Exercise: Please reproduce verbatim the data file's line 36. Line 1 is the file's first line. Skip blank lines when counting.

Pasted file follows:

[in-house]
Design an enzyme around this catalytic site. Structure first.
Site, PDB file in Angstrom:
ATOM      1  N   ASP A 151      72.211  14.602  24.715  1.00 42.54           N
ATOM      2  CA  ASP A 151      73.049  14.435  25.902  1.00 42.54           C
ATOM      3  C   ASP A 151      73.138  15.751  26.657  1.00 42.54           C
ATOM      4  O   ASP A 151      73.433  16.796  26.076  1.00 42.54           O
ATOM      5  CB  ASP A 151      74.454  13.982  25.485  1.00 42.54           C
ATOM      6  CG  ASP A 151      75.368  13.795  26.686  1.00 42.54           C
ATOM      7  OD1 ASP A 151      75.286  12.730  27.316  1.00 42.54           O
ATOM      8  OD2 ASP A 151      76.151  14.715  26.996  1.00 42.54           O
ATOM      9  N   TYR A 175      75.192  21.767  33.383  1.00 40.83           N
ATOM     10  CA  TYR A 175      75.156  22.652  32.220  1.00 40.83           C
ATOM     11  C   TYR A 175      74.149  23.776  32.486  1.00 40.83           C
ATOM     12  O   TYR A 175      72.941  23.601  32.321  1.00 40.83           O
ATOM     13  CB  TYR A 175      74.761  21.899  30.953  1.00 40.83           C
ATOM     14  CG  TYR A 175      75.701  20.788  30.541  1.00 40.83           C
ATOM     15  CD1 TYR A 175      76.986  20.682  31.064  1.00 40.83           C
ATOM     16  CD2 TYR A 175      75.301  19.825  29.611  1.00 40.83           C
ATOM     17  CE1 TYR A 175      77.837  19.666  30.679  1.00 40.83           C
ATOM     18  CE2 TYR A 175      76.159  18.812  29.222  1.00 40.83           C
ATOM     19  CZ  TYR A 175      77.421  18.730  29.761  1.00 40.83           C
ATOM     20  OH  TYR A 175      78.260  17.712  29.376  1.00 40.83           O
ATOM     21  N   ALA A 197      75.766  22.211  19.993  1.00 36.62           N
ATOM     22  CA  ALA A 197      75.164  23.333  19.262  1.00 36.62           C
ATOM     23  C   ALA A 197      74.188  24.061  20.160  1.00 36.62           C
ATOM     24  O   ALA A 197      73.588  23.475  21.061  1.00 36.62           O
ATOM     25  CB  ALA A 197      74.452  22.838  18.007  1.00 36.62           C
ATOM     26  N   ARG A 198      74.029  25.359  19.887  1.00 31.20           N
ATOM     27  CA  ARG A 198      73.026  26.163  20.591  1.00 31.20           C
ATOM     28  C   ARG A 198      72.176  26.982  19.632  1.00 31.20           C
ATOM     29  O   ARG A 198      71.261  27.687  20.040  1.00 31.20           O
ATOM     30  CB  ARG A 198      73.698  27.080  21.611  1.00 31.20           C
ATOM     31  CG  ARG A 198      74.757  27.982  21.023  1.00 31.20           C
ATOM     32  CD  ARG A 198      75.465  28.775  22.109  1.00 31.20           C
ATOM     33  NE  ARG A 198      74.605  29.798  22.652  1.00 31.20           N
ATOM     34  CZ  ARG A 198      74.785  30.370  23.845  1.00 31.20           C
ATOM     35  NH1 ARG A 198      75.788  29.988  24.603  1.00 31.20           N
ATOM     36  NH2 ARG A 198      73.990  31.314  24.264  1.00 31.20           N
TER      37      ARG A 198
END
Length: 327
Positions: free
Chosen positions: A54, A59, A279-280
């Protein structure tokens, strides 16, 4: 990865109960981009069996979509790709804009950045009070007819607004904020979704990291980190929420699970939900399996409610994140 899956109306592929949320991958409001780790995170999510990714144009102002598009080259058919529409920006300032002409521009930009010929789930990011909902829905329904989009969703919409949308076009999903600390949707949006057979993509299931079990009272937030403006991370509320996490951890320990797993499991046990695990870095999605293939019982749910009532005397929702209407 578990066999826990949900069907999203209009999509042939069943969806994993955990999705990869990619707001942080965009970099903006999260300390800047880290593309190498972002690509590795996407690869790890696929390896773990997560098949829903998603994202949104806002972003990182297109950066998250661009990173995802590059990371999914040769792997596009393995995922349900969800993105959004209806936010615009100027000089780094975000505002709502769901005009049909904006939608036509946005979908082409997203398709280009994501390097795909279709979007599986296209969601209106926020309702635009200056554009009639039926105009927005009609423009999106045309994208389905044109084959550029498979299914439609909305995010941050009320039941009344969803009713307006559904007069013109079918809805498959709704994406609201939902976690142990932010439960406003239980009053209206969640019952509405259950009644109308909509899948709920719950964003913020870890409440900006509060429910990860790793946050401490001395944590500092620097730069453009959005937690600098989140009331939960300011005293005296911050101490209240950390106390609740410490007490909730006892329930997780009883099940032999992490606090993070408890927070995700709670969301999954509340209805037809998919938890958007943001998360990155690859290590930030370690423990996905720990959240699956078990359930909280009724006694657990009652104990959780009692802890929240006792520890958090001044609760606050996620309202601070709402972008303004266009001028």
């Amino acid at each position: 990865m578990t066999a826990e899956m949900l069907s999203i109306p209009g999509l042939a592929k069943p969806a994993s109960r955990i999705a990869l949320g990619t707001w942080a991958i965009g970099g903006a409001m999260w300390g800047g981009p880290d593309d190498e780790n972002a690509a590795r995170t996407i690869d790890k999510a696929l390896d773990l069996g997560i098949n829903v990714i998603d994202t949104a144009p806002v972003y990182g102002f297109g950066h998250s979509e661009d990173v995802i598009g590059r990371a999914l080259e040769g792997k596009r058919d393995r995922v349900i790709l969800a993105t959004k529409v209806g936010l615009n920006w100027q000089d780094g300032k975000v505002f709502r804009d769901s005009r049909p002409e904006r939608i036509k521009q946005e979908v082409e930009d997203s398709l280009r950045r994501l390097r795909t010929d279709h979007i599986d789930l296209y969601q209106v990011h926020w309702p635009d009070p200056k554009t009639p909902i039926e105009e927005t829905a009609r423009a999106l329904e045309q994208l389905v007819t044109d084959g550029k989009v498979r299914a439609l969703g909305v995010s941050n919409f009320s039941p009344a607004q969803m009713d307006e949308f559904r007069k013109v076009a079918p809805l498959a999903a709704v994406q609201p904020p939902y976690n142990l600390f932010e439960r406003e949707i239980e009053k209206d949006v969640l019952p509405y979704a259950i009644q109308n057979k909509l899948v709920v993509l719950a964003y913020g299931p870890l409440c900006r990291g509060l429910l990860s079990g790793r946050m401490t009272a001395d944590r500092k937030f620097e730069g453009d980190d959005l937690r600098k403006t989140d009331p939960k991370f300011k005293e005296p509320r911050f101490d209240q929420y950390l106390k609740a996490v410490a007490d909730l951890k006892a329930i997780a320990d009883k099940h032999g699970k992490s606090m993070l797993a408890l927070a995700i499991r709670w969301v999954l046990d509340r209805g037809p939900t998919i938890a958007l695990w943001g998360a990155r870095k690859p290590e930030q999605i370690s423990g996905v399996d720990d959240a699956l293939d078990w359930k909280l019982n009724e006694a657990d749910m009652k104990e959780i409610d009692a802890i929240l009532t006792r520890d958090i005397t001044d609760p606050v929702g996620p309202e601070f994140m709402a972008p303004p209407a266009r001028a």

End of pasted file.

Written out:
ATOM     33  NE  ARG A 198      74.605  29.798  22.652  1.00 31.20           N